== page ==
Canada's New Democratic Party Leader Thomas Mulcair takes part in a news conference on Parliament Hill in Ottawa May 16, 2012.
Credits: REUTERS/Blair Gable
Remember the 1980 federal election? It pushed out the short-lived Joe Clark government and ushered in yet another Liberal majority under Pierre Trudeau - a majority that gave us the National Energy Program, among other treats.
The Grit campaign that year was run by Keith Davey, Trudeau's crafty, longtime strategist. And his battle cry was "Screw the West, we'll take the rest!"
Alberta's coffers were brimming from the first modern oil boom, and Davey and the Libs calculated that if they stoked resentment of the West during the campaign and promised a made-in-Canada price for oil below the rising world price, they would find enough votes in Central and Eastern Canada to sweep them back to power. There wasn't a single Liberal elected west of Winnipeg, but with their anti-Western demagoguery the Liberals managed to win 147 of 282 seats in the House of Commons.
If you want to know what current NDP Leader Thomas Mulcair is doing by attacking the West - again - it's simple: He's repeating the Davey gambit of 1980.
Last week, Mulcair accused the West and its resource riches of driving up the Canadian dollar and "killing" manufacturing, forestry and fisheries jobs in the rest of the country.
This week he compounded that by accusing the premiers of the three western-most provinces of being "messengers" for Prime Minister Stephen Harper.
He even accused Alberta's Alison Redford of being a Harper lackey and all she'd done was apologize for not explaining better Alberta's efforts to reduce emissions.
It's easy to see the NDP strategy: The West has lots of money. They got it by forcing our dollar up and making you lose your job. Vote NDP and we'll stick it to Harper and those other rednecks.
This time there's also the added element of global-warming hysteria. Mulcair is also saying: Not only has the West ruined your livelihood, they're destroying the climate, too.
It will be the NDP message from now until the next election in 2015 that the West must be stopped in order to preserve Canada's social-justice traditions and to preserve the world's environment.
Mulcair and his campaign brainstrust will do their utmost to paint the West as greedy, uncaring and dirty, because if they can do so successfully it will then be easier to tag their main opponent, westerner Stephen Harper, as greedy, uncaring and in favour of pollution, too.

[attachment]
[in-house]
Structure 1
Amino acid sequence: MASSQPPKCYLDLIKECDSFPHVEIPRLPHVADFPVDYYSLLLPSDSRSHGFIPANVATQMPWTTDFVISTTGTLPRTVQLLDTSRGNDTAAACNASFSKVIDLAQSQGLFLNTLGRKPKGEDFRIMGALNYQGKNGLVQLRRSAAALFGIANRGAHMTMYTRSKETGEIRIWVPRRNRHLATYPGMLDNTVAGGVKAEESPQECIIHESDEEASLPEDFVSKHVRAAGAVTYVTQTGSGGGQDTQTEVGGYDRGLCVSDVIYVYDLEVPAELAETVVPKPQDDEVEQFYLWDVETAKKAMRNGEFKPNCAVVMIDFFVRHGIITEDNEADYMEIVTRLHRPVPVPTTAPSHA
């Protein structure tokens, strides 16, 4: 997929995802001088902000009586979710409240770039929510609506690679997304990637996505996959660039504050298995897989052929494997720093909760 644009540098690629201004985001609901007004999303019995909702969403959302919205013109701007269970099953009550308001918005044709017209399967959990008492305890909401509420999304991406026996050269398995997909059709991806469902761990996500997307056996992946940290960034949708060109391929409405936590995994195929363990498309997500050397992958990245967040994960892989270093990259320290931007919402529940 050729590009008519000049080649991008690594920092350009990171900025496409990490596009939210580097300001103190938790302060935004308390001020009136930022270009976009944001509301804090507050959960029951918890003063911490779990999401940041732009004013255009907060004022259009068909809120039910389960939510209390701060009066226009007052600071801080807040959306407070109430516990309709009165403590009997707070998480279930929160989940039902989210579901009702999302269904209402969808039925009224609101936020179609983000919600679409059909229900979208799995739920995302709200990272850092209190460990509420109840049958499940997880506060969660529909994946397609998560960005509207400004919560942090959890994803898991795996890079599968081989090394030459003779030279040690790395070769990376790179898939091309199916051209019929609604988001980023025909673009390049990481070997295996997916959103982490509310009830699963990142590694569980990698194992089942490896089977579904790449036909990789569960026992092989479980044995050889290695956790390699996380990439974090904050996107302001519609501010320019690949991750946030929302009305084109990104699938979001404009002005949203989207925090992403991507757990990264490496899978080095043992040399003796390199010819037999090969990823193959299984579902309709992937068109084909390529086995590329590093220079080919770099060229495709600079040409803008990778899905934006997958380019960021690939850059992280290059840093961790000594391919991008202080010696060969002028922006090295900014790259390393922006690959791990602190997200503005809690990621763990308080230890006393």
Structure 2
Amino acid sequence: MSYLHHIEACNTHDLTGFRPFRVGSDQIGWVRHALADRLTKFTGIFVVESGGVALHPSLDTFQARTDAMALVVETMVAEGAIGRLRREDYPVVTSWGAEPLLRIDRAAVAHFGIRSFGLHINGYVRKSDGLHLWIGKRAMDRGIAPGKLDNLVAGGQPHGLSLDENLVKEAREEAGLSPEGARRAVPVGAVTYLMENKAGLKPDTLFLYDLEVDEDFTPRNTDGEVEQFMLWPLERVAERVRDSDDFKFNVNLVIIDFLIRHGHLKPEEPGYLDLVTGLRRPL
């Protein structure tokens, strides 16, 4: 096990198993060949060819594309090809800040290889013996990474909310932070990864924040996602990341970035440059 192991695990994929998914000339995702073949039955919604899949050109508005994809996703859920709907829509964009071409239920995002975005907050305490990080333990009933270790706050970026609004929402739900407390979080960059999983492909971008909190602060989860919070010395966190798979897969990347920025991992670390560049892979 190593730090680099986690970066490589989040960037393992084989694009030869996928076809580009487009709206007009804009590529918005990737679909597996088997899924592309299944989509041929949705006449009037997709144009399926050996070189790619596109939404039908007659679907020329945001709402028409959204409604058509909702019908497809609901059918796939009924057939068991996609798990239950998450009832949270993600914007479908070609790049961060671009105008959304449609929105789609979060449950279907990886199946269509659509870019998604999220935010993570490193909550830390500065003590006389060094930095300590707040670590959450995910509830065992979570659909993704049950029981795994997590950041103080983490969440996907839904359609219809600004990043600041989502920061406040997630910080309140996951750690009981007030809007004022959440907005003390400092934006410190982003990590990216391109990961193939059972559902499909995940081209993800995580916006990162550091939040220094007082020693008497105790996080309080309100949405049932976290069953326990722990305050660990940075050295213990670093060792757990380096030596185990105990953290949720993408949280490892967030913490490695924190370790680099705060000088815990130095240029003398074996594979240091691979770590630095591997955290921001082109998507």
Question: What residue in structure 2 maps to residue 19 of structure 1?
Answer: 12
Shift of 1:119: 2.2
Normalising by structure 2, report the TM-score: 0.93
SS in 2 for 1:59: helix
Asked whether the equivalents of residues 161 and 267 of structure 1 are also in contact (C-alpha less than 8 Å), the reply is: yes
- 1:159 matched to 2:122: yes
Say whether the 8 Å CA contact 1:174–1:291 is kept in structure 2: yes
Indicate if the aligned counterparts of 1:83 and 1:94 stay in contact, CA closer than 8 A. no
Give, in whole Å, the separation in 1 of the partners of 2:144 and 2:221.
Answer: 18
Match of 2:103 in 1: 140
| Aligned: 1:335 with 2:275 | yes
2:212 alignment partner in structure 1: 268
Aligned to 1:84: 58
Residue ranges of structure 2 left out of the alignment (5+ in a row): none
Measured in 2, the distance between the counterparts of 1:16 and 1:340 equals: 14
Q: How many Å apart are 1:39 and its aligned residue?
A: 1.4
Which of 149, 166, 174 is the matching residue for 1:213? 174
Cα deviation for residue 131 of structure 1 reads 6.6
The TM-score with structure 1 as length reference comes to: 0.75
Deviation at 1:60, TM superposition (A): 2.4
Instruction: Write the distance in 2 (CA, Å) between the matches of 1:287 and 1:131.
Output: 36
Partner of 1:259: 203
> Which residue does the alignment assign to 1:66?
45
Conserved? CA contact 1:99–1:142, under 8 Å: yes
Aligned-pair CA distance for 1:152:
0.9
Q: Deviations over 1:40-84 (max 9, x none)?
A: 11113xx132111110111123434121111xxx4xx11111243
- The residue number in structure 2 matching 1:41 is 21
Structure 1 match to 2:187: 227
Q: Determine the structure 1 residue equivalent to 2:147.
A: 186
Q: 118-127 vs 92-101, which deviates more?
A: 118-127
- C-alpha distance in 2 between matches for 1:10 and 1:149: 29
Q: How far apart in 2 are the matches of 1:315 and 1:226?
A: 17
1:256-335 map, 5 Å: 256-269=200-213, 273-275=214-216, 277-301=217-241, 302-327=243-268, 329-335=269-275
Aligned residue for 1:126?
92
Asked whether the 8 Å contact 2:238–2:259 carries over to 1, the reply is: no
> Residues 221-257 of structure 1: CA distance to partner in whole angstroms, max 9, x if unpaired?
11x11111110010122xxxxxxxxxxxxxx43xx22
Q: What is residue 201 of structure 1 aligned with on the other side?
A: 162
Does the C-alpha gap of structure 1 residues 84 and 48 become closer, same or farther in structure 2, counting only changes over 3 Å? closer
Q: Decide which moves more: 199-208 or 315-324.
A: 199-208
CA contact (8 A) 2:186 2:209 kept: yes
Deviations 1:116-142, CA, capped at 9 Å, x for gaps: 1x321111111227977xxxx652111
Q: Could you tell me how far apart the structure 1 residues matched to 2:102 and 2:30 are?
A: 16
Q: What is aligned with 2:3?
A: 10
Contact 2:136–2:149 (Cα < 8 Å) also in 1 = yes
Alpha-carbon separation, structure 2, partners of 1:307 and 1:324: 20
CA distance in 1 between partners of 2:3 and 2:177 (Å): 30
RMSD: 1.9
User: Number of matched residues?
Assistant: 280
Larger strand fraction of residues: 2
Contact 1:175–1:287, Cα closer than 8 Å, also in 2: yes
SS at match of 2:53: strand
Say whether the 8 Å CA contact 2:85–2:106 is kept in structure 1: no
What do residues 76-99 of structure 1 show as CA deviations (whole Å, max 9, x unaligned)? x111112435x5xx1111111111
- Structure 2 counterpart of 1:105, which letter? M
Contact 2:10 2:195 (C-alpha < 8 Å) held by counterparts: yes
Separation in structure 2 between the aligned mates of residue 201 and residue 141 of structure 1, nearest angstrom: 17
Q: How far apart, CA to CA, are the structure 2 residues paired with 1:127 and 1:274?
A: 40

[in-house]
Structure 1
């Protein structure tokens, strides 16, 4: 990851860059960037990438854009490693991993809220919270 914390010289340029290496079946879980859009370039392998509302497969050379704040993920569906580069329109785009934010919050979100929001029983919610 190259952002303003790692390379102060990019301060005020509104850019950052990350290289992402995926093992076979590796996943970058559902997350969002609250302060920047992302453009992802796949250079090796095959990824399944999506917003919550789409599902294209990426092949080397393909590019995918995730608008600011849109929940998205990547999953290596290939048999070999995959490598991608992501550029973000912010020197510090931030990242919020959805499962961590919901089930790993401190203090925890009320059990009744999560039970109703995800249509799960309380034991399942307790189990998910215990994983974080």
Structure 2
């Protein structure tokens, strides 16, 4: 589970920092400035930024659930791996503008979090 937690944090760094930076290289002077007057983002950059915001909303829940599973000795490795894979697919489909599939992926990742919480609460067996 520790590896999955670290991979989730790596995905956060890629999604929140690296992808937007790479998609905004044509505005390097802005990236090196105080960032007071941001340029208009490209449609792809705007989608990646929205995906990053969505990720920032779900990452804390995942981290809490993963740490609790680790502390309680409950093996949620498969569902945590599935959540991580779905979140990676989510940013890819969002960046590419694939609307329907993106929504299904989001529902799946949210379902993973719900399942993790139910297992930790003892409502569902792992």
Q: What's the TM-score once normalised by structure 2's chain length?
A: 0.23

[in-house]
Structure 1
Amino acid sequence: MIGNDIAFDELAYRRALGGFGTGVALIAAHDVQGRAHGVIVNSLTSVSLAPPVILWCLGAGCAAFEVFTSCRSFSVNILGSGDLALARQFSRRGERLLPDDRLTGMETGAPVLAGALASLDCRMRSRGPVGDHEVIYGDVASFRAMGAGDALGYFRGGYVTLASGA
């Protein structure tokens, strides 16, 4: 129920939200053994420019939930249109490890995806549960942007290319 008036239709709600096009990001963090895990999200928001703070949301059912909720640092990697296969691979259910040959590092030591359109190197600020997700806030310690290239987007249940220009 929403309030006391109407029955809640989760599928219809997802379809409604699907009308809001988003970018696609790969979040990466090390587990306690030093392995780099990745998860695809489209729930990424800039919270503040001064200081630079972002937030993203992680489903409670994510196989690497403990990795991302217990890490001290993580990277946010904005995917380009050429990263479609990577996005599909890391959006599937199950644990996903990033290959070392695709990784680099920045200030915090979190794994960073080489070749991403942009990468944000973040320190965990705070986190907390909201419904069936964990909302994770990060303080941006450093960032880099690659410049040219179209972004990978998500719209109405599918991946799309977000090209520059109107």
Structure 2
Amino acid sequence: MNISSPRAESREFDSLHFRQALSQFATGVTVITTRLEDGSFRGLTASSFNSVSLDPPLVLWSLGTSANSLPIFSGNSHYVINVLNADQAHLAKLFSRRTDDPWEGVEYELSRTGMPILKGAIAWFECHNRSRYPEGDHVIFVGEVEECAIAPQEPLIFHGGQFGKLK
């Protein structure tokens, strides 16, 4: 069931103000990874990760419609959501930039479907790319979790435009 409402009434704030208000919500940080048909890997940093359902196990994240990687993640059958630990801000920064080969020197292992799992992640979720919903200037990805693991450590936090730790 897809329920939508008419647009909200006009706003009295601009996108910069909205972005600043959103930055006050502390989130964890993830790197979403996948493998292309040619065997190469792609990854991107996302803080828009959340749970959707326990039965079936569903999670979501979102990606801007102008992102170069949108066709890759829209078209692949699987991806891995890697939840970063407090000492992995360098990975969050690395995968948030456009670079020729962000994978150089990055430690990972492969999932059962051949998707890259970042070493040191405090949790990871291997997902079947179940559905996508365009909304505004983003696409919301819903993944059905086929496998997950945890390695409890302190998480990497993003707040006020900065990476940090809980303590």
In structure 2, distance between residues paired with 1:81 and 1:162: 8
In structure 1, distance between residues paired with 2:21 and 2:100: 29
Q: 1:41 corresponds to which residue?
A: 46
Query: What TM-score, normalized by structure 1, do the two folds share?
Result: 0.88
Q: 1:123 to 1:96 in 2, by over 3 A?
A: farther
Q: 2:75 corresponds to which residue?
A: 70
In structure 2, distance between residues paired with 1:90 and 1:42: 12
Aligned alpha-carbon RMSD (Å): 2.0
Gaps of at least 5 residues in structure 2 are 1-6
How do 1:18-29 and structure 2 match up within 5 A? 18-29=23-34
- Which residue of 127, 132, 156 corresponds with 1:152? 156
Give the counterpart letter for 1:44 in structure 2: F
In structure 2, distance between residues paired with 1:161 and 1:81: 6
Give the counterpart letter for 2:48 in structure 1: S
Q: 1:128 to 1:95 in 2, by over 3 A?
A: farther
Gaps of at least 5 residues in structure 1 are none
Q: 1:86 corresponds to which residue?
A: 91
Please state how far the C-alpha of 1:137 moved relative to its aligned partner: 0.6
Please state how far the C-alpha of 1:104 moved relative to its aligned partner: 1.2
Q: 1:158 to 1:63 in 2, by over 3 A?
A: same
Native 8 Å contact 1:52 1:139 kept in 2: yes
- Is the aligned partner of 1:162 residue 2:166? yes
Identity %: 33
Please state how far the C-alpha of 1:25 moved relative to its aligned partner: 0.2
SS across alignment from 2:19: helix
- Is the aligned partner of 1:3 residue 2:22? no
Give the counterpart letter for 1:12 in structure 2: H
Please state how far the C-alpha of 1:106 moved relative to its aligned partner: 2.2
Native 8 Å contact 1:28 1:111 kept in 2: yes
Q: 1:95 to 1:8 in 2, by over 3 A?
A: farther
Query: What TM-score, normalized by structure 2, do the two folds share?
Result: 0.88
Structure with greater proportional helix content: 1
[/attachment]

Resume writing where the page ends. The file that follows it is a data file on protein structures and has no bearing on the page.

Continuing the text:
It doesn't matter that Mulcair is quite simply wrong about the impact of a high dollar.
For instance, a study released this week by Montreal's Institute for Research on Public Policy (IRPP) says that while our higher dollar has had some impact on the manufacturing sector, "the adverse effects ... have been less widespread than feared."
Researchers Mohammad Shakeri, Richard Gray and Jeremy Leonard examined all the factors that affect job growth, including exchange rates, international competition, technological innovation and changing demand for 80 manufacturing industries.
"Only 25 of the 80 industries show a significant negative relationship between the U.S.-Canada exchange rate and output."
On the other hand, 24 benefited from the rising dollar, while the rest (31) were not significantly affected one way or the other.
Importantly, the trio insist the rise of the Canadian dollar over the past decade is mostly a monetary optical illusion. Only 42% of the "rise" was actually the result of our dollar getting stronger, 58% was caused by the U.S. dollar getting weaker - a phenomenon that had nothing to do with Western Canada's new prosperity.
But I'd bet Thomas Mulcair won't permit himself to be dissuaded by the facts. He's found what he believes to be a winning election strategy and he'll stick with it.